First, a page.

6 people found this helpful

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    5 out of 5 stars
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    5 out of 5 stars

Deadly serious fun

For crime, I usually favor the old masters (Wilkie Collins, Dorothy Sayers, Raymond Chandler). So, even though I’m from Detroit and my first real job was at the same ad agency where Elmore Leonard was a copywriter, I’ve never sampled his wares before. I’m very glad I did.

Unfamiliar with the TV and movie versions of his work, at first blush this book sounded very much like television; the glibness, those scattershot blasphemies, and the sudden, disconcerting cuts from scene to scene. It reminded me of a John Scalzi short story I listened to a while back. But then something deeper started to happen. While Scalzi skims along the surface of characters and things, Leonard creates real people.

His hero, Rayland Givens, is one of them, a U. S. Marshal with a habit of losing the guys he’s sent to bring in. But he has a good heart, something he shows with undemonstrative persistence in the line of (self-assigned) duty for those he likes. And one of the people he likes—or at least cares for—is the querulous fugitive bookie Harry Arno, one of the most unlikeable characters I’ve come across in a while. Oddly enough, Leonard managed to get me to care about him, too.

Somewhere I read that whenever Leonard sensed his writing was sounding like writing, he’d stop writing. But for all that, this book is masterfully written, meticulously constructed—and then carefully made to not look or sound like it. The result is a deadly serious story that’s also very, very funny. And Alexander Adams (aka Grover Gardener) does a superb job here, reading in the same effortless, off-handed spirit.

4 people found this helpful

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    3 out of 5 stars
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    3 out of 5 stars

Just ok. Nothing special. It kept my interest.

I was hoping for the humor and quick wit I found in “Out of Sight” which had me smiling a lot. I didn’t smile while reading this. It was ok though. Most of the characters are wiseguys with wiseguy talk. Some are not very smart. Raylan has a casual southern sound. He is a US Marshall. He has no problem killing bad guys, but he does it in a way that they draw first so he is shooting in self-defense. What was missing? Probably - the main characters didn’t draw me in enough.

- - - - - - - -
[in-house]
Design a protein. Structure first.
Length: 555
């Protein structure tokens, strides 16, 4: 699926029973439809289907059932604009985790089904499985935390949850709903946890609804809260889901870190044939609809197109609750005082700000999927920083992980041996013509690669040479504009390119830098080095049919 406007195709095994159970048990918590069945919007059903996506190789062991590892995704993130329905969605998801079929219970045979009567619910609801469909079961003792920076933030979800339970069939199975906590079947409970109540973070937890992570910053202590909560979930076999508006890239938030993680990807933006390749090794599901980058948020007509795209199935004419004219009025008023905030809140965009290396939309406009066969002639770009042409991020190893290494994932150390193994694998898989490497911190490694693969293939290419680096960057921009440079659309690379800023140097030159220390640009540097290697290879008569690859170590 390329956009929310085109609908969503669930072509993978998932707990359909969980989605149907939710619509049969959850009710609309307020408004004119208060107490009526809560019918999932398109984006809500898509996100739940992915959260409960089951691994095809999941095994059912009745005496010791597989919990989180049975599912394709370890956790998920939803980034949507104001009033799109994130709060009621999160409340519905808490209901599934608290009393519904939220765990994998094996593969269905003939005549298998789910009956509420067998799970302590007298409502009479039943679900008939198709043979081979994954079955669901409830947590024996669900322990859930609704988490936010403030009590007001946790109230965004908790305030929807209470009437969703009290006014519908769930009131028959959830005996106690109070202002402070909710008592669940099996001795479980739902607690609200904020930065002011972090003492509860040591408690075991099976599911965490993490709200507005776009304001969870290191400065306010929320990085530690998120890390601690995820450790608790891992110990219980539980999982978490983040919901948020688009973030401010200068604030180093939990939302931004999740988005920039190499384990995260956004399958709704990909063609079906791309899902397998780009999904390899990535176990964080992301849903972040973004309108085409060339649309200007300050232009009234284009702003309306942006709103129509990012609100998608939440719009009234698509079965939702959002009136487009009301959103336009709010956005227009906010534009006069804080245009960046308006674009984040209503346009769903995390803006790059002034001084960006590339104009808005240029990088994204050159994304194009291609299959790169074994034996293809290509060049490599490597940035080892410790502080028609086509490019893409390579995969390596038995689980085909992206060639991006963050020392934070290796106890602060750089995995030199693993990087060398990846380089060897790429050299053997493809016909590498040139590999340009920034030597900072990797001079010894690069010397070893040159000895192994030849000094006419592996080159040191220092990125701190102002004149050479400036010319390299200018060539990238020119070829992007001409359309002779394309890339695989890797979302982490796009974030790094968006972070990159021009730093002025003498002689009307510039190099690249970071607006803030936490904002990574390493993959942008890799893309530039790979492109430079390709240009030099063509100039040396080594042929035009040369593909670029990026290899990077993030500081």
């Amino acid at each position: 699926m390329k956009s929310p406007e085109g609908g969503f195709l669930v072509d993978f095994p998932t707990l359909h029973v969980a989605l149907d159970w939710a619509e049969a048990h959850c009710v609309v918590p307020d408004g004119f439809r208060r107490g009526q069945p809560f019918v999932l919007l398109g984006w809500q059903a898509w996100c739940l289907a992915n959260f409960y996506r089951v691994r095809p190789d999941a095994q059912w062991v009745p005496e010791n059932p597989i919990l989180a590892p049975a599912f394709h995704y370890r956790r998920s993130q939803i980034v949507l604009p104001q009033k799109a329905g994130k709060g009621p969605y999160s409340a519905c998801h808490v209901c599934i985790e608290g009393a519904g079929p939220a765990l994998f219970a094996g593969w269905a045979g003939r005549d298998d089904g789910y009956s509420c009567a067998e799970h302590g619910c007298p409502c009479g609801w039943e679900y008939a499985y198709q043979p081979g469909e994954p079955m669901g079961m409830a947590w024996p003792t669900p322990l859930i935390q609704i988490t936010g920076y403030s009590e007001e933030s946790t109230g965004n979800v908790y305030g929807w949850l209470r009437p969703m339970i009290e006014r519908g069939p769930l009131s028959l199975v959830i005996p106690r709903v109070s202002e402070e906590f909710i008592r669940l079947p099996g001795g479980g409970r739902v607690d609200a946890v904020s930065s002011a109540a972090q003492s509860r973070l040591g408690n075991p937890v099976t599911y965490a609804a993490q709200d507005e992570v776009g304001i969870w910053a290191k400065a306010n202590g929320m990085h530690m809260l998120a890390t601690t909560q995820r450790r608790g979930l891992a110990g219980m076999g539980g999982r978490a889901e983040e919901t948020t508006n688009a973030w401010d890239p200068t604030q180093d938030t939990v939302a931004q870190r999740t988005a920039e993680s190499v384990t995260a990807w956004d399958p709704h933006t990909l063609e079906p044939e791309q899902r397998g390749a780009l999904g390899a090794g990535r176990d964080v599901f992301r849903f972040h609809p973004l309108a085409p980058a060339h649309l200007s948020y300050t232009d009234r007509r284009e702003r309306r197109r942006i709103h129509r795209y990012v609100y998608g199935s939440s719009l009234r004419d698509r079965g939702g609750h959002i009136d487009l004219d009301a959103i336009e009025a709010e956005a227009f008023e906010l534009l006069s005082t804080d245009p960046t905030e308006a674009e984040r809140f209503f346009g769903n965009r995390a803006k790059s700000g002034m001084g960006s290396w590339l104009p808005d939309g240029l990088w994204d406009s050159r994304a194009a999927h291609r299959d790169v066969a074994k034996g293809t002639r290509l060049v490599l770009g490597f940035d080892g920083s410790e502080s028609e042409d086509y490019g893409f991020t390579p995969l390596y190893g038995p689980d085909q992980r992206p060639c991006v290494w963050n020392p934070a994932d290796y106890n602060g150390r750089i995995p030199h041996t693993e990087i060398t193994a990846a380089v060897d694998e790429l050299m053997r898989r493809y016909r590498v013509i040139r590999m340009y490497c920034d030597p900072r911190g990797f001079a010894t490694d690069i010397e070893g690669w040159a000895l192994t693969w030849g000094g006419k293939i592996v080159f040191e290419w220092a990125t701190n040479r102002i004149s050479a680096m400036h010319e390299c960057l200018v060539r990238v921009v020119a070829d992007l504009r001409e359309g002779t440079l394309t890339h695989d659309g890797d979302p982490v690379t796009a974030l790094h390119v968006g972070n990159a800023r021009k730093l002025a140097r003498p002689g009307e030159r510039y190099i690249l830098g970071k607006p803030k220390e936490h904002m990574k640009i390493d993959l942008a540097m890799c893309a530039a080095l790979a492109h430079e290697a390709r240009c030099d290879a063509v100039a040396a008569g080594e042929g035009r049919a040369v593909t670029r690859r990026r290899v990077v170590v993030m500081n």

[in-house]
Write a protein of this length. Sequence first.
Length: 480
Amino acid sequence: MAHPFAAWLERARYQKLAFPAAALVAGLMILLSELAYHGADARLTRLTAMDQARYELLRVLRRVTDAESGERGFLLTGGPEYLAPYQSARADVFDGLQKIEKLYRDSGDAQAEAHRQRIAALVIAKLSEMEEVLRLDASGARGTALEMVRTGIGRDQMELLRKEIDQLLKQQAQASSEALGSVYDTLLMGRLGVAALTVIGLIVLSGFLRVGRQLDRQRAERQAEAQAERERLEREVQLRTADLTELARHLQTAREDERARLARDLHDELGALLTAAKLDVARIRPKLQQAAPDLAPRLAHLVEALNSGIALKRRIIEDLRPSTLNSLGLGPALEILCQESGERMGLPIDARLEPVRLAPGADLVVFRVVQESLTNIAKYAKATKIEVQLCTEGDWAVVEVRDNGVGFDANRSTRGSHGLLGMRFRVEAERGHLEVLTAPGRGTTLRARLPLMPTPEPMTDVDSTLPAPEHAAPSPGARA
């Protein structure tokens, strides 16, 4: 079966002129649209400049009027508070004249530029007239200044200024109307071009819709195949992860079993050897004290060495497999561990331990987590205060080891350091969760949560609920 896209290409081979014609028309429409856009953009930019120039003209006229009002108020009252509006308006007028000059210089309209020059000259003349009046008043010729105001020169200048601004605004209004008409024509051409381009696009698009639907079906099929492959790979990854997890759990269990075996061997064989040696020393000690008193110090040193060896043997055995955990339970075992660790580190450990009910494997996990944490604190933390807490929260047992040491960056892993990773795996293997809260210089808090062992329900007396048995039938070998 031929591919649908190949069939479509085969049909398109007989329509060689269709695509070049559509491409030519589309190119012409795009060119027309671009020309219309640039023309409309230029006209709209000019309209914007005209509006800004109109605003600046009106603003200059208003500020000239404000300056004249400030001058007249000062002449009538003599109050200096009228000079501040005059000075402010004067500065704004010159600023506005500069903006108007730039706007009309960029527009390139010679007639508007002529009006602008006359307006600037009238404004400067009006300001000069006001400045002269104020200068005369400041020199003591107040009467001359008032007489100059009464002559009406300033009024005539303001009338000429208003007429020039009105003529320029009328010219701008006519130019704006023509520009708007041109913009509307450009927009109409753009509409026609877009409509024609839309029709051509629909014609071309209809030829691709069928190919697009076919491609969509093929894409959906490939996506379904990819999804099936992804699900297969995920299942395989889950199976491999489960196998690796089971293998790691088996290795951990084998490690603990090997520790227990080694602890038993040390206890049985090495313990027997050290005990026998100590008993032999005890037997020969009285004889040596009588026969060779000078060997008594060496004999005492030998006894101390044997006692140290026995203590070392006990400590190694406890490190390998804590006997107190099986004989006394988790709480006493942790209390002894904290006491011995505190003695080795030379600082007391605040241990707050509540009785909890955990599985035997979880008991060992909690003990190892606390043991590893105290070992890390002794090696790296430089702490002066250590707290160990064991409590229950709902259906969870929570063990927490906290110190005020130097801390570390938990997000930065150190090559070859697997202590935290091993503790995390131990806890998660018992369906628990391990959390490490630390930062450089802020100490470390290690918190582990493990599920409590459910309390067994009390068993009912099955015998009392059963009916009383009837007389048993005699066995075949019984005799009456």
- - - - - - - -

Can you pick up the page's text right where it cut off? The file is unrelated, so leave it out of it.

There is a TV show “Justified” based on the character Raylan Givens. This is the first book in the Raylan series.

Genre: crime fiction. Ending: reasonably good feeling. The good guys win.

The narrator Alexander Adams did a good job.

4 people found this helpful

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    2 out of 5 stars
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If you are a fan of Raylan Givens, skip this book

This book wasn’t for you, but who do you think might enjoy it more?

This is a disappointment after seeing Justified on TV. The story isn't very interesting and the character of Raylan Givens is secondary to a two bit aging bookie from the south coast of Florida. Perhaps the next in the series will offer a more interesting and compelling listening experience.

What was most disappointing about Elmore Leonard’s story?

The plot just isn't very engaging and the characters are very one dimensional.

What aspect of Alexander Adams’s performance would you have changed?

I actually thought the Mr. Adams did a good job with limited material.

If you could play editor, what scene or scenes would you have cut from Pronto?

The entire story line in Italy dragged on forever and it wasn't even remotely plausible.

3 people found this helpful

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    4 out of 5 stars
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Not the TV Raylin

I thinks the Justified is one of the best ever TV dramas, right there with HBO series like Deadwood. If you have watched the TV series you may be disappointed in this book's portrayal of Raylan. Perhaps the story may disappoint too, but at least you come away with good background on the shooting that sent Raylan back to KY. The book's Raylan has almost none of the qualities and characteristics of his counterpart except his skill with a handgun and has more of an accent than Tim Olyphant uses. I like Leonard and I enjoyed the book, but like to get a little longer story for my credits. I plan to listen to the rest also to see how Leonard develops Raylan.

3 people found this helpful

  • Overall
    4 out of 5 stars
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    3 out of 5 stars

entertaining

What did you love best about Pronto?

the storyline

What was the most interesting aspect of this story? The least interesting?

Raylan playing it cool! Didn't care for the Zip character

Which character – as performed by Alexander Adams – was your favorite?

Raylan

Any additional comments?

Want more books about Raylan.

3 people found this helpful